Amazon rainforest burns at record rate

Top Stories

Picture courtesy of Getty images.

The largest rainforest in the world is in flames.

According to estimates from the National Institute for Space Research (INPE), roughly 1.5 soccer fields of rainforest are being destroyed every minute. Plumes of smoke from the fires have spread thousands of miles, turning afternoon skies pitch black, covering half of Brazil and spilling over into neighboring Peru, Bolivia and Paraguay.

The health of the rainforest is essential in the fight against climate change. The Amazon is referred to as the planet’s lungs, as it produces over 20% of the Earth’s oxygen.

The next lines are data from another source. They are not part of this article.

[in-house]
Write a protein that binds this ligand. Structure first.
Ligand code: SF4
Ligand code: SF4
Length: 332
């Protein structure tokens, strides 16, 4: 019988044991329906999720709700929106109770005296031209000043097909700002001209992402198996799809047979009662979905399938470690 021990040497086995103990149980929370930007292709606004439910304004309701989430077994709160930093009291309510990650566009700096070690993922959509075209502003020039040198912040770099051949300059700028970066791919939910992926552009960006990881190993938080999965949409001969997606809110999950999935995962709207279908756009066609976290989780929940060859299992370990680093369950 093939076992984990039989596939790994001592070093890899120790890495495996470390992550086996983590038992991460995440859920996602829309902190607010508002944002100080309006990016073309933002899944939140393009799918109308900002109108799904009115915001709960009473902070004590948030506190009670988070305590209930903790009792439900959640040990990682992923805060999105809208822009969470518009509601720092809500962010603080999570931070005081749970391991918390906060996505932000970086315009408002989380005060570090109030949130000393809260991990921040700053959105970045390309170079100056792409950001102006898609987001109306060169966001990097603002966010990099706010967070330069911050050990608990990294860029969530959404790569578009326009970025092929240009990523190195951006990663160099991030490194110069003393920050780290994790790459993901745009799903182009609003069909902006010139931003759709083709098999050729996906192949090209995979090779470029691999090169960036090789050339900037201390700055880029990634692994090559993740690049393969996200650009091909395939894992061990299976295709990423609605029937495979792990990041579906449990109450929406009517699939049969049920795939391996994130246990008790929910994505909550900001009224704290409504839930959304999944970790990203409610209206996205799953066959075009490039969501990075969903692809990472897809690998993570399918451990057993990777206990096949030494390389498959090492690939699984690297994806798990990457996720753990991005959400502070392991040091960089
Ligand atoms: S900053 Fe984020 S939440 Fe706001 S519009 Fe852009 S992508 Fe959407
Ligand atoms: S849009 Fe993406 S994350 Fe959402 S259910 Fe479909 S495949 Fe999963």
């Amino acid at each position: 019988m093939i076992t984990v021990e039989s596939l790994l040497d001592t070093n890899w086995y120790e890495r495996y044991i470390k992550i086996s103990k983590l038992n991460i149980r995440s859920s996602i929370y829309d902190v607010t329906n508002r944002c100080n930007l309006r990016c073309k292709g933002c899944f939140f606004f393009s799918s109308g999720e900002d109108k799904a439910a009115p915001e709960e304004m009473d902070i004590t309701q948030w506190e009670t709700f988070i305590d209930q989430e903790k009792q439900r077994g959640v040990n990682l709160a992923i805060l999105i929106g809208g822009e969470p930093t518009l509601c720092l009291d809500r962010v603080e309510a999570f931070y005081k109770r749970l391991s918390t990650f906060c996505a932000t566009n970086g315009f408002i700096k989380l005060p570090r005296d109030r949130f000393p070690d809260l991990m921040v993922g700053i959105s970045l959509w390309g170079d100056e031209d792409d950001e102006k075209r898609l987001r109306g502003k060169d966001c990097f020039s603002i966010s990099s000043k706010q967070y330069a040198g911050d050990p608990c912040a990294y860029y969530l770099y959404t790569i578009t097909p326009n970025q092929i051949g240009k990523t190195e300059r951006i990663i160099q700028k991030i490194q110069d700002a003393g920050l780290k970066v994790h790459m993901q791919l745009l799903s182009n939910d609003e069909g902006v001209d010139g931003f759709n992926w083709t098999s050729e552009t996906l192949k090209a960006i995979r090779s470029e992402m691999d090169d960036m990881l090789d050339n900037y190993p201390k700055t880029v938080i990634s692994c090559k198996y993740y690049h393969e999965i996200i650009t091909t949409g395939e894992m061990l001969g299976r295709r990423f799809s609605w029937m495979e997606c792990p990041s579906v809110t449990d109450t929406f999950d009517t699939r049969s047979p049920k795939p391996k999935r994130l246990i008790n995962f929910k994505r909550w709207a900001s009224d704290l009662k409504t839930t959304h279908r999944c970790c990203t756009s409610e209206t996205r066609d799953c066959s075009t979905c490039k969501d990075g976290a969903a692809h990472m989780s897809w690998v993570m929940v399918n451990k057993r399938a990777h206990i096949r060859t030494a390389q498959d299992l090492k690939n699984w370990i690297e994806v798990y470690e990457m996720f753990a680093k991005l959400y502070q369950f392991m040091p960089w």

Satellite image of the smoke plumes. Picture courtesy of The European Union Earth Observation Programme.

Environmental groups have blamed Brazil’s president Jair Bolsonaro for relaxing regulations and encouraging deforestation. Satellite data from June showed that deforestation increased by 88% compared to last year, which president Bolsonaro denied. He has since de-funded non profit environmental groups, accusing them of starting the Amazon fires.

“We took money away from the NGOs,” he said.”They are now feeling the pinch from the lack of funding. So, maybe the NGO types are conducting these criminal acts in order to generate negative attention against me and against the Brazilian government.”

There have been over 36,000 fires in the Amazon this year, an 80% increase from last year. The World Wildlife Fund has warned that 30%-60% of the Amazon rainforest is at risk of becoming a dry savanna, which would have profound effects on the world’s climate.

Copyright 2020 Nexstar Inc. All rights reserved. This material may not be published, broadcast, rewritten, or redistributed.

Trending Stories